I met up with an amazing friend this afternoon for a business meeting of sorts. She’s helping me refresh my company’s branding and it’s been a pleasure to see her more often. We met at The Tea House near the University of Minnesota East Bank campus. I came having eaten lunch (and she’d had a lunch meeting before our meeting), so was thinking I’d grab tea and dessert.
The tea part was easy. I ordered the chrysanthemum as it was something I’d never tried. It was a beautiful pale yellow and had a mild floral flavor that was soothing rather than bracing. Our server said it was even better mixed with black and offered to refresh my pot with a hit of the darker tea. He was right–it was a lovely balance of refreshing floral and a deeper, darker brew.
I passed on the dessert when the menu’s photo of Eggplant in Garlic Sauce caught my eye. The photo itself didn’t make my mouth water–a pile of garlic-sauced eggplant isn’t all that attractive. But the thought of eggplant appealed. Minnesota has an all-too-brief growing season for produce. Eggplant is fresh and lovely and vibrant at the farmers’ markets from maybe July to September. Come fall, winter, and spring, I go without. Why not give it a whirl at a Chinese restaurant? (If you’re not a fan of eggplant–and how many people really are?–know that even a veggie-lover like myself couldn’t bring myself to try it until age 30. I fell in love immediately. It may not be too late for you.)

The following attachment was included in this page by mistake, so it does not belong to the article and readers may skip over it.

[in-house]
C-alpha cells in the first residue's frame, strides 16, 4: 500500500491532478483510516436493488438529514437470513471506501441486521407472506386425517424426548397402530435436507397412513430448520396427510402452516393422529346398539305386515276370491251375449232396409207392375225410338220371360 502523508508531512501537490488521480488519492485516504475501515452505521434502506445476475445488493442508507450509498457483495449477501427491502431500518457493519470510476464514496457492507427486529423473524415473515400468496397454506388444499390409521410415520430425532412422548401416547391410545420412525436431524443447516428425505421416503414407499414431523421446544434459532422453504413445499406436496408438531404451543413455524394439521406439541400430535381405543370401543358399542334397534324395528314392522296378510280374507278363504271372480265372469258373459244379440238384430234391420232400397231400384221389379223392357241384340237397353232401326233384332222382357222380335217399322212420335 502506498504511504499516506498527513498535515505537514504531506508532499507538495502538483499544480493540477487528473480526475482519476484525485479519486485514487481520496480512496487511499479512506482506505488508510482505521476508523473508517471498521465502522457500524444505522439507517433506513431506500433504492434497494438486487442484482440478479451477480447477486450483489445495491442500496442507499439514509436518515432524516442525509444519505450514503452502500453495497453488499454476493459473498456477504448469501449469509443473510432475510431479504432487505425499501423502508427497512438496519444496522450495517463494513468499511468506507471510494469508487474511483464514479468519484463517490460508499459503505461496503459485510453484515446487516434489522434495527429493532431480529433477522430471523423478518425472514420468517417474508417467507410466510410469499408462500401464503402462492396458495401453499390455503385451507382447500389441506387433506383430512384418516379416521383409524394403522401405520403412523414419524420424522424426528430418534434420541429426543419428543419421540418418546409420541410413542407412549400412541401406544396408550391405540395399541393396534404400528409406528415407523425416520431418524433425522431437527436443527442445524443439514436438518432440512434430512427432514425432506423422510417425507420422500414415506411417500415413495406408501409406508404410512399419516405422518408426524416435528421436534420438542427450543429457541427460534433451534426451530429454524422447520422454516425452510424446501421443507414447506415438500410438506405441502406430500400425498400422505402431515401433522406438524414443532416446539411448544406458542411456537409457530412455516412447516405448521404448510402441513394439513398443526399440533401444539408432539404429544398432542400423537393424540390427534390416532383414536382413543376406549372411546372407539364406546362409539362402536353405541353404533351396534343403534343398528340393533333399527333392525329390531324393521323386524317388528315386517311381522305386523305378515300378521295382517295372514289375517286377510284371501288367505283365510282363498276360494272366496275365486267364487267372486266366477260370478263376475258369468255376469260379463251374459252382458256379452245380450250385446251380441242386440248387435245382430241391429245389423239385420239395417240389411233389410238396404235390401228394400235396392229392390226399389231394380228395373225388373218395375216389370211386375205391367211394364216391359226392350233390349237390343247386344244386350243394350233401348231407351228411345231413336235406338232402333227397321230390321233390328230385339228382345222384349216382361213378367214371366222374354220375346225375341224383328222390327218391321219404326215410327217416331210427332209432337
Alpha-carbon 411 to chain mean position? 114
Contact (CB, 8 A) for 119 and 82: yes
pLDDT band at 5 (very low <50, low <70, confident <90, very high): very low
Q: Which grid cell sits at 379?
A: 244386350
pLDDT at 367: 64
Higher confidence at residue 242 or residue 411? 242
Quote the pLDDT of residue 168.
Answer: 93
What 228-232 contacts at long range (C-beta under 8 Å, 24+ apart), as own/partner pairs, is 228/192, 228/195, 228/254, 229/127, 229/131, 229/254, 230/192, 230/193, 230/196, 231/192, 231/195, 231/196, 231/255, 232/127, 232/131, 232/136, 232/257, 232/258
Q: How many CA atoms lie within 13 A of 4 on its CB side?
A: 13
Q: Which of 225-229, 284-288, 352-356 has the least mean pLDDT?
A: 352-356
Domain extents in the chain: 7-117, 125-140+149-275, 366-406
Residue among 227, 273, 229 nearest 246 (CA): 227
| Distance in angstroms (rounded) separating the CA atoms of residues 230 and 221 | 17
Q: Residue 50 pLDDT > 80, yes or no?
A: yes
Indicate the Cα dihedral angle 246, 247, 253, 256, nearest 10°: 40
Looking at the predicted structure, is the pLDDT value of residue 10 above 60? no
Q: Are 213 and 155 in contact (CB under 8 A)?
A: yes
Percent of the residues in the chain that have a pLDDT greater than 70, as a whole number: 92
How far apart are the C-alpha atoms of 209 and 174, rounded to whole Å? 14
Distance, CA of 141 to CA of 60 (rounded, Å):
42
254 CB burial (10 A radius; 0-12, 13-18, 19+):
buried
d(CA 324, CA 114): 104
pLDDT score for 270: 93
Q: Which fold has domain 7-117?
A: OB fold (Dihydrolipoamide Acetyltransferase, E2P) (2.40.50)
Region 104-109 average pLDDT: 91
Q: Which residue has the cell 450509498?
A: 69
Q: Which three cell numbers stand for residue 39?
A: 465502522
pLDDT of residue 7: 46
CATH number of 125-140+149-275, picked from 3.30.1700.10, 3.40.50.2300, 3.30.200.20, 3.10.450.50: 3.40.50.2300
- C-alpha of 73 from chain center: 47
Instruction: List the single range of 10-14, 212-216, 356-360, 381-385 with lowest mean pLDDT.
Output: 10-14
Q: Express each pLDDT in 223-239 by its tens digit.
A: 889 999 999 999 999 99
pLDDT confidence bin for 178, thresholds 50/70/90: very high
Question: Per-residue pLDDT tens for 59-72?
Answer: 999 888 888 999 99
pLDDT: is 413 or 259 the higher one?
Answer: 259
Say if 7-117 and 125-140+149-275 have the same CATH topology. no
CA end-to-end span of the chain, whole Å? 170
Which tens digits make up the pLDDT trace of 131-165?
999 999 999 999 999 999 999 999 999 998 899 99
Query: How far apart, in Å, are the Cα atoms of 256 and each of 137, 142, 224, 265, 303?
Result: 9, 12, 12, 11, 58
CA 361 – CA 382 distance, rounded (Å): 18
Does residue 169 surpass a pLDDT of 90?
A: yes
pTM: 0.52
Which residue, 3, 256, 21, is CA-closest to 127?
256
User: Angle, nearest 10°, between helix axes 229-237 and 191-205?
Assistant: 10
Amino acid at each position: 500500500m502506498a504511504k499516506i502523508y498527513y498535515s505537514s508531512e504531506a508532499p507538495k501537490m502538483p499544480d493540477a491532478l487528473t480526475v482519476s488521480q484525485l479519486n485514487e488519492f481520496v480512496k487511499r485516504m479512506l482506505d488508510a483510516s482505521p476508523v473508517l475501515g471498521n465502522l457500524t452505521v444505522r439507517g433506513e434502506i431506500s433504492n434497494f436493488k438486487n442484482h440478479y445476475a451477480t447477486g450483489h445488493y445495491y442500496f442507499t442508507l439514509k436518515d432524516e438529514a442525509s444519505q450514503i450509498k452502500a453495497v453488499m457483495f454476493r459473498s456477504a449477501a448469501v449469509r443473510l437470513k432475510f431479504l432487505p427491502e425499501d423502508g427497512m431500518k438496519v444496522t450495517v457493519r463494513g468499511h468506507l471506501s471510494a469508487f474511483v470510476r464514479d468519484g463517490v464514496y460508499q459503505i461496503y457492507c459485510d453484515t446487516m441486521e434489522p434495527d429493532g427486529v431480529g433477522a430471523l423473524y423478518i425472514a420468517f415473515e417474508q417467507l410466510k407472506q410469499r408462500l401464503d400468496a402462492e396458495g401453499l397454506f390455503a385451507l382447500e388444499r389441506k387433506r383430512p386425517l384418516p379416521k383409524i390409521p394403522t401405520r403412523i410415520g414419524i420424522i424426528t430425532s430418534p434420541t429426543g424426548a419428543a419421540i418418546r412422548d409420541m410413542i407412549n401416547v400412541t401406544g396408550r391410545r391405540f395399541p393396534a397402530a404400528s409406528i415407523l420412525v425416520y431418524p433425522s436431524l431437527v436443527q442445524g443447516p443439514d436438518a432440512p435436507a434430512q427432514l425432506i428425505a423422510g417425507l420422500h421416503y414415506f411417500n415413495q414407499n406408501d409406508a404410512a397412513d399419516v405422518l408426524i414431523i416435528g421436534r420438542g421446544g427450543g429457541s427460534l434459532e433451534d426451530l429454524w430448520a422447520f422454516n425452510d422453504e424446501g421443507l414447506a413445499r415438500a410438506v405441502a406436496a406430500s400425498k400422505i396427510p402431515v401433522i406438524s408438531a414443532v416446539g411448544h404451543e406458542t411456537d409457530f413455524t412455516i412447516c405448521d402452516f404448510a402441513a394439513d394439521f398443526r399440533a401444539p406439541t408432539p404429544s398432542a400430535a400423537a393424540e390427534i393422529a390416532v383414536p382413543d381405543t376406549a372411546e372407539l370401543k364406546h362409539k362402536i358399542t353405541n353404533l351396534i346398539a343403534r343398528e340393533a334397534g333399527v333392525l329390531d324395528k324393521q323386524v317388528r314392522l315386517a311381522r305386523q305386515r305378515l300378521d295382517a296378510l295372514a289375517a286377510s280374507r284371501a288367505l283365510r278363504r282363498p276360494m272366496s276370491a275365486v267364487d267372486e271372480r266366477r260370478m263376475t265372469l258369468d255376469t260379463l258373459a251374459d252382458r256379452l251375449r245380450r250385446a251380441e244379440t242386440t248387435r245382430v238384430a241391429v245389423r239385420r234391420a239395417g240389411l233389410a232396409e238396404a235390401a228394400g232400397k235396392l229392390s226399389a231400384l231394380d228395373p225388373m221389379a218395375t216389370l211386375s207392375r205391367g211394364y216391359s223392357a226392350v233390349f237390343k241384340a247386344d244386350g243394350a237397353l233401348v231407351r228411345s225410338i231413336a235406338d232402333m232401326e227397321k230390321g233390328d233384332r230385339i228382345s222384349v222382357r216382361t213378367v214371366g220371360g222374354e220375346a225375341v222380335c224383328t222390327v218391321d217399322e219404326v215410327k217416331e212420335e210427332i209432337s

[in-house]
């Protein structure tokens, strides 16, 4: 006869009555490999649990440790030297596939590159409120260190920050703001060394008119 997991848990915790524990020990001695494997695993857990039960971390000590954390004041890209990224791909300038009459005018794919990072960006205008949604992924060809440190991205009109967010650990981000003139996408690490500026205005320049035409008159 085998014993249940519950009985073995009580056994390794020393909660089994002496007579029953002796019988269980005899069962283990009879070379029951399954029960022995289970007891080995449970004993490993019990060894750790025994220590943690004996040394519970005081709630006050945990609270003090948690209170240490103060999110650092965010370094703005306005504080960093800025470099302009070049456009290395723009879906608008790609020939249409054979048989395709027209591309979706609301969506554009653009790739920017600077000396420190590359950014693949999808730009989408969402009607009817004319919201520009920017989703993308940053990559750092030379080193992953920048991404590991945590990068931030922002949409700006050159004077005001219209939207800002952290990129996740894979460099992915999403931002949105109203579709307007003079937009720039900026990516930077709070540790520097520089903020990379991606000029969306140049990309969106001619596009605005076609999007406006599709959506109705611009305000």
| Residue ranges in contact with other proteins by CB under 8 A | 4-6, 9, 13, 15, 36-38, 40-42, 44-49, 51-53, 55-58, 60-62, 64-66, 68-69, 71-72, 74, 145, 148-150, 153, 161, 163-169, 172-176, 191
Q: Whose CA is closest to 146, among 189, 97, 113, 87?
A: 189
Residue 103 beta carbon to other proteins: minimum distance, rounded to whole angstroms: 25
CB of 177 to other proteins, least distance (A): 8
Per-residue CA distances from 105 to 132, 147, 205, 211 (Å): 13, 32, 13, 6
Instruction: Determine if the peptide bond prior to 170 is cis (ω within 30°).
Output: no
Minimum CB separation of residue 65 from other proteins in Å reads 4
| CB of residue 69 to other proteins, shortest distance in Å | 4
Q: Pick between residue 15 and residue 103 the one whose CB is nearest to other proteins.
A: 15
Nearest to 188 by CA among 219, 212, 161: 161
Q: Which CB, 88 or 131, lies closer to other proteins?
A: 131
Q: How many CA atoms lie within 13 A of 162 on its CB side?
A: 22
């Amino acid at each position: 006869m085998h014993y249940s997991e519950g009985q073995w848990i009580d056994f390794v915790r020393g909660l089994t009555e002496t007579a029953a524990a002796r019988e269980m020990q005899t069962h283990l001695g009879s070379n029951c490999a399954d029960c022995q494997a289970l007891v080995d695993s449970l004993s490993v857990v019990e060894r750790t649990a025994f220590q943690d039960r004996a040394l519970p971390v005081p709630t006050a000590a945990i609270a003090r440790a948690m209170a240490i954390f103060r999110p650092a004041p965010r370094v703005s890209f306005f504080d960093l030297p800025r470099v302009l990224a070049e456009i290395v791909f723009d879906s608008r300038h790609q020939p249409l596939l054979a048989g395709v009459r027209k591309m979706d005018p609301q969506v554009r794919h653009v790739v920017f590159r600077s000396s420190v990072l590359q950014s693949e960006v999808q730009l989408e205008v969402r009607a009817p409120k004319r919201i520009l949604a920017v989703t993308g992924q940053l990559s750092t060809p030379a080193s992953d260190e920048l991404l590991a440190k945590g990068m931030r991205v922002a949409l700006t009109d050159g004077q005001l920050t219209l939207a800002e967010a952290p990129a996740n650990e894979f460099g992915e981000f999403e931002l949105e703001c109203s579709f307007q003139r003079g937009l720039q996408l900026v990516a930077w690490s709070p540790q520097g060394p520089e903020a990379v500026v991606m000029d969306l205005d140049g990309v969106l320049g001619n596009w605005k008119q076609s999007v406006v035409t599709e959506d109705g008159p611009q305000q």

The Tea House’s take on eggplant was full of flavor, though fairly heavy. This veggie’s spongy flesh absorbs oil too well. (Botanically, eggplant is a fruit though it’s considered a vegetable to most.) Eating this plate of spicy, garlicky eggplant started me thinking on summer’s produce and the fun I’ll have once it gets here.
My favorite eggplant fix is to slice it into rounds or “fries,” toss it with a bit of oil and sprinkle of salt, then roast it on a baking sheet at 400°F until it’s tender, maybe 15 minutes? I’ve read recommendations to salt and drain eggplant, then rinse before using as this helps remove any bitterness in the flesh. Because I’ve found only older, larger eggplants to be bitter, I usually skip this step when I have a younger and smaller eggplant. I also usually don’t bother to peel eggplant as it seems like more work than it’s worth. Although using a vegetable peeler to take off strips of peel every 1/2 inch or so around the fruit makes for striking presentation. With this winter’s unseasonably warm temperatures, garden-fresh eggplant may be closer than I think.